A representation and a comparative summary of the different types of nanodiscs described here are presented in Figure 1B and Table 1, respectively. Despite the recent developments, more studies on the basic characterization of the new copolymers and their applications are needed. In this context, the production of PNDs with highly stable polysterene-based membranes, and the possibility of engineering fully polymeric nanodiscs combining new SMA-like copolymers and synthetic polymeric membranes seem promising avenues to explore.

TABLE 1
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Table 1. Comparison of different types of nanodiscs.

Author Contributions

AC, EM, MF, HL, and GA wrote the manuscript. All authors approved the final manuscript.

Funding

This work was supported in part by the NSF grants DMR-1623241, CBET-1623240, and DMR-1810767, the Cancer Prevention and Research Institute of Texas (CPRIT) award RP180827, and the Medical Student Summer Research Program Scholarships to AC and EM from the TTUHSC School of Medicine.

Conflict of Interest

The authors declare that the research was conducted in the absence of any commercial or financial relationships that could be construed as a potential conflict of interest.

Footnotes

  1. ^ https://avantilipids.com/
  2. ^ https://www.emdmillipore.com/
  3. ^ https://www.larodan.com/
  4. ^ https://www.anatrace.com/
  5. ^ https://cube-biotech.com/
  6. ^ https://www.addgene.org/
  7. ^ https://www.orbiscope.com/
  8. ^ https://polyscope.eu/
  9. ^ http://www.smalp.net/

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Keywords: copolymer, lipid, Lipodisq, membrane-mimetic, method, native nanodisc, styrene maleic acid, synthetic membrane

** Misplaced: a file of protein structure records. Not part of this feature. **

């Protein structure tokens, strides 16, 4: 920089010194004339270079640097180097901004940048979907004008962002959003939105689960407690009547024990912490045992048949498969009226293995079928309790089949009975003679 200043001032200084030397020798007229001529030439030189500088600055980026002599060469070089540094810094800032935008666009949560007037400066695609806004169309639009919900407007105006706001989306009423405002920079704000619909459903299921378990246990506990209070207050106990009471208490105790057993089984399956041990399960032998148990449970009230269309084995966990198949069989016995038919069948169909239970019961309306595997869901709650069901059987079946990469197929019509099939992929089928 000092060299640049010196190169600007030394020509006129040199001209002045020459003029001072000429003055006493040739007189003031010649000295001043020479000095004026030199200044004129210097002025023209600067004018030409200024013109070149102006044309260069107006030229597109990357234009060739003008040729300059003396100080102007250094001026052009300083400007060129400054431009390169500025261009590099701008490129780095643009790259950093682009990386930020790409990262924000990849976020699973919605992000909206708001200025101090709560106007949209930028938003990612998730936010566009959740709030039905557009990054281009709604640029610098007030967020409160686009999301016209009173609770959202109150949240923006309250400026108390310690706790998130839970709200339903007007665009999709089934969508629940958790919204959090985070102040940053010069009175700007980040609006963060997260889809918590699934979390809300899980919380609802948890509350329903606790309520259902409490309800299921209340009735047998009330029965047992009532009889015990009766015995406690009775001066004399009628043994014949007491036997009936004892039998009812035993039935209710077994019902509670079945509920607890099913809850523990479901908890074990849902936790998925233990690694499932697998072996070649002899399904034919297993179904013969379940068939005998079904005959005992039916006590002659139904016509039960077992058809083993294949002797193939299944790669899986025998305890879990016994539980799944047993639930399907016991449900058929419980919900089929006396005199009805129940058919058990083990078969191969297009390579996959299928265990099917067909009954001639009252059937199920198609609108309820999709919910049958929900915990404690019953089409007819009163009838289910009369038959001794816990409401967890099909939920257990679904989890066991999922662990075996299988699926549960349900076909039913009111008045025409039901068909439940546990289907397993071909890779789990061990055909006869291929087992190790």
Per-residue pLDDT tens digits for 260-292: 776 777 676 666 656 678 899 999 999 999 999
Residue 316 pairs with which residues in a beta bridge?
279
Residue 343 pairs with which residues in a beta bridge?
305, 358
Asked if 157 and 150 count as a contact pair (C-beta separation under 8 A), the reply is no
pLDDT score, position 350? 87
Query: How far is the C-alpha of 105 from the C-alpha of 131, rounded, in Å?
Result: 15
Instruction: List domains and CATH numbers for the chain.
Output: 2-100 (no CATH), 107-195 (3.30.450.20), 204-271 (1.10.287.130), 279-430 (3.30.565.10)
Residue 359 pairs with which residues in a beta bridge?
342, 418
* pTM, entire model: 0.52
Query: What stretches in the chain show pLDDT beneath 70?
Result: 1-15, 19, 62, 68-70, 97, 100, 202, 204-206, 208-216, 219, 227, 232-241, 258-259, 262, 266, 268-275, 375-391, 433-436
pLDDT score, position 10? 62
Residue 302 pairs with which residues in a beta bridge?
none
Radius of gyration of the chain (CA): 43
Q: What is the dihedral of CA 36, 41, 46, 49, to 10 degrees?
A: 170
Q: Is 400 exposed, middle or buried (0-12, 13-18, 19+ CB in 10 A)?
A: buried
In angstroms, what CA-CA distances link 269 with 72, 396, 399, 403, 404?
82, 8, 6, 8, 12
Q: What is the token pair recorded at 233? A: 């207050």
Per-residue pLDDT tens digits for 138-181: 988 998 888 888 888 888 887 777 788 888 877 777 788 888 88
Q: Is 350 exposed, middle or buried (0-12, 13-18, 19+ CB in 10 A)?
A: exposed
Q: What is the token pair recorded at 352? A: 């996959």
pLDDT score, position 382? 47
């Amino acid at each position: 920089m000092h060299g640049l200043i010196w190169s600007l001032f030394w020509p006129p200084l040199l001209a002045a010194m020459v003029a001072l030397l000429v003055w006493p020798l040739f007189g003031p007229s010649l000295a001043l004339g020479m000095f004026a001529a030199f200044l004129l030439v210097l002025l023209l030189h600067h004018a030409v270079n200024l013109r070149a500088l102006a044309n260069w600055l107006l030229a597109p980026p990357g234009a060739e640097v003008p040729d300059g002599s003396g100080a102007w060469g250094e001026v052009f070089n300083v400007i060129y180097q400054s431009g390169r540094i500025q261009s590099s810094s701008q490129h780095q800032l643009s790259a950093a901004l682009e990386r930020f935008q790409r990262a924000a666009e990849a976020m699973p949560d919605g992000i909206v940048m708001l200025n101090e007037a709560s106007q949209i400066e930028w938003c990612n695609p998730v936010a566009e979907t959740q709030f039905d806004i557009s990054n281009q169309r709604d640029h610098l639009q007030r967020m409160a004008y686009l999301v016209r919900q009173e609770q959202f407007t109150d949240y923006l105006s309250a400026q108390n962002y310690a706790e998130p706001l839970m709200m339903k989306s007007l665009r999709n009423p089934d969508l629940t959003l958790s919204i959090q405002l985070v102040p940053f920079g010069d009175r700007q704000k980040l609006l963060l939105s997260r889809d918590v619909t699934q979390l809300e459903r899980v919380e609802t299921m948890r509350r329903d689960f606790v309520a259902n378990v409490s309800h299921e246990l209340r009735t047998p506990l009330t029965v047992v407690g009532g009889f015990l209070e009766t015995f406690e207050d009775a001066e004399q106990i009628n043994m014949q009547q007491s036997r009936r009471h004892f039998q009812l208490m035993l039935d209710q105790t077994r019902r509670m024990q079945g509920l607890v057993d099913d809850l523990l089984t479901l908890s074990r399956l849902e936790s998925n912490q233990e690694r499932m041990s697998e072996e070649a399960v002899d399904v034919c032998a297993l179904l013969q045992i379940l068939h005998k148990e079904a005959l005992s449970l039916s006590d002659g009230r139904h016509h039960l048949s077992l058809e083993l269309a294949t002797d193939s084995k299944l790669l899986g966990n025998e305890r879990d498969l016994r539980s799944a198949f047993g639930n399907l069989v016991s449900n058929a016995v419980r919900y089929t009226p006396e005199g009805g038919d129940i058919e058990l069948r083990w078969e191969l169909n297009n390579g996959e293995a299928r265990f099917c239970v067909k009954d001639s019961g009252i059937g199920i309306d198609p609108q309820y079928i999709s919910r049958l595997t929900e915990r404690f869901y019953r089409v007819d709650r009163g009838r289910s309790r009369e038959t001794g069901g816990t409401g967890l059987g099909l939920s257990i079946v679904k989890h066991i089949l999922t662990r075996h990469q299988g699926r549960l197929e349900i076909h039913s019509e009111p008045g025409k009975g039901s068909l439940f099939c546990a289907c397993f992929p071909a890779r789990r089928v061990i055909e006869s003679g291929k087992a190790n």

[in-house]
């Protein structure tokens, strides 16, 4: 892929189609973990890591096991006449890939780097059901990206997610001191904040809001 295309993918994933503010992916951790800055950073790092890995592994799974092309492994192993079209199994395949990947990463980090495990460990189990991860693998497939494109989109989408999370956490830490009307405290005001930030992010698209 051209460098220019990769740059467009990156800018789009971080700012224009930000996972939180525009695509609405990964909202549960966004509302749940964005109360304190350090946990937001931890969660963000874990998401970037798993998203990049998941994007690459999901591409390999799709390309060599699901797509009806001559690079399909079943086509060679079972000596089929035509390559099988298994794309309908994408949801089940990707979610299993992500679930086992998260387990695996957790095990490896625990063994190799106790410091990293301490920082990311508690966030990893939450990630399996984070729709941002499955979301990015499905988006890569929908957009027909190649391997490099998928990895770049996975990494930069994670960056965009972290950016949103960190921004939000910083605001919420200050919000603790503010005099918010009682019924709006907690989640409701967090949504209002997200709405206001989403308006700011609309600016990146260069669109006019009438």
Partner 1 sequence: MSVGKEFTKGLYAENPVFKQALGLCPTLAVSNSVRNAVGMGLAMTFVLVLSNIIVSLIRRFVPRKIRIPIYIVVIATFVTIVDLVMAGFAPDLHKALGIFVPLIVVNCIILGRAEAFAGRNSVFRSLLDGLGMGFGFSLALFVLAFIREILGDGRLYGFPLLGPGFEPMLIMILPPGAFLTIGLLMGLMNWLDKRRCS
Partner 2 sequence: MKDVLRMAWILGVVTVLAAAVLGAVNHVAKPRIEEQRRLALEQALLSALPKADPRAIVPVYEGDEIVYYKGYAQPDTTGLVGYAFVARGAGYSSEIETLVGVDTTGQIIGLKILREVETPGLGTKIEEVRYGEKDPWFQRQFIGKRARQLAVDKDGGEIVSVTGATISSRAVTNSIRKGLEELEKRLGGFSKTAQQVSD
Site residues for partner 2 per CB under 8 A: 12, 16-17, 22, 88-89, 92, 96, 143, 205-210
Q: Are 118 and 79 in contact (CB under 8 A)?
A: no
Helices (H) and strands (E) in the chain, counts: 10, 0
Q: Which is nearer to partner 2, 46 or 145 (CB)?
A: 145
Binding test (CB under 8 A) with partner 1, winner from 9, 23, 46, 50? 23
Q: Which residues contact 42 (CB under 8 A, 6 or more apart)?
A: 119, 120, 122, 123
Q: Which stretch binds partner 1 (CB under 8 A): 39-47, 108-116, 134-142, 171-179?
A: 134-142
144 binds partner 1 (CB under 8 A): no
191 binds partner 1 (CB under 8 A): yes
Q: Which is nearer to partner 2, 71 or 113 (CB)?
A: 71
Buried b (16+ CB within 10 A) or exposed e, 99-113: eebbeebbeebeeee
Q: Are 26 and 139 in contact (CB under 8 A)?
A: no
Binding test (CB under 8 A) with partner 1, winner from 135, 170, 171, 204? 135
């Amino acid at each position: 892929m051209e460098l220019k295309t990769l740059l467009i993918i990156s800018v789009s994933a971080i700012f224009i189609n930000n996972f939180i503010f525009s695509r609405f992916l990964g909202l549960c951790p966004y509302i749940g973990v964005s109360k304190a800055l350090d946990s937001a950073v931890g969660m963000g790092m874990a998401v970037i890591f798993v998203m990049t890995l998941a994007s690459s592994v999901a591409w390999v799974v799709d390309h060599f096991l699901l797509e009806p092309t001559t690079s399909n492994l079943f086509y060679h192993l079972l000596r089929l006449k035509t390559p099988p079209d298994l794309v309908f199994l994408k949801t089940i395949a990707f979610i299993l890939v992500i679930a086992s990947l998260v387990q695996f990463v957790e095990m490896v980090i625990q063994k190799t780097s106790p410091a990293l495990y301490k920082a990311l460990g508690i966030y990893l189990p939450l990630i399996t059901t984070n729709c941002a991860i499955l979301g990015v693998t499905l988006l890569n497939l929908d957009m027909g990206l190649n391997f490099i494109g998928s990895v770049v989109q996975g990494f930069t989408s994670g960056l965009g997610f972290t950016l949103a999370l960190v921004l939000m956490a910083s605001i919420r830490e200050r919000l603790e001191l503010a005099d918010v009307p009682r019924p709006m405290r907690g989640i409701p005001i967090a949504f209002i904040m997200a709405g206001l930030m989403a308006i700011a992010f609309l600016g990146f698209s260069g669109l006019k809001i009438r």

Citation: Chen A, Majdinasab EJ, Fiori MC, Liang H and Altenberg GA (2020) Polymer-Encased Nanodiscs and Polymer Nanodiscs: New Platforms for Membrane Protein Research and Applications. Front. Bioeng. Biotechnol. 8:598450. doi: 10.3389/fbioe.2020.598450

Received: 24 August 2020; Accepted: 27 October 2020;
Published: 16 November 2020.

Edited by:

Emilio Isaac Alarcon, University of Ottawa, Canada

Reviewed by:

Tomas Laursen, University of Copenhagen, Denmark
Anja Böckmann, UMR 5086 Microbiologie Moléculaire et Biochimie Structurale (MMSB), France

Copyright © 2020 Chen, Majdinasab, Fiori, Liang and Altenberg. This is an open-access article distributed under the terms of the Creative Commons Attribution License (CC BY). The use, distribution or reproduction in other forums is permitted, provided the original author(s) and the copyright owner(s) are credited and that the original publication in this journal is cited, in accordance with accepted academic practice. No use, distribution or reproduction is permitted which does not comply with these terms.

*Correspondence: Guillermo A. Altenberg, g.altenberg@ttuhsc.edu; Hongjun Liang, h.liang@ttuhsc.edu

These authors have contributed equally to this work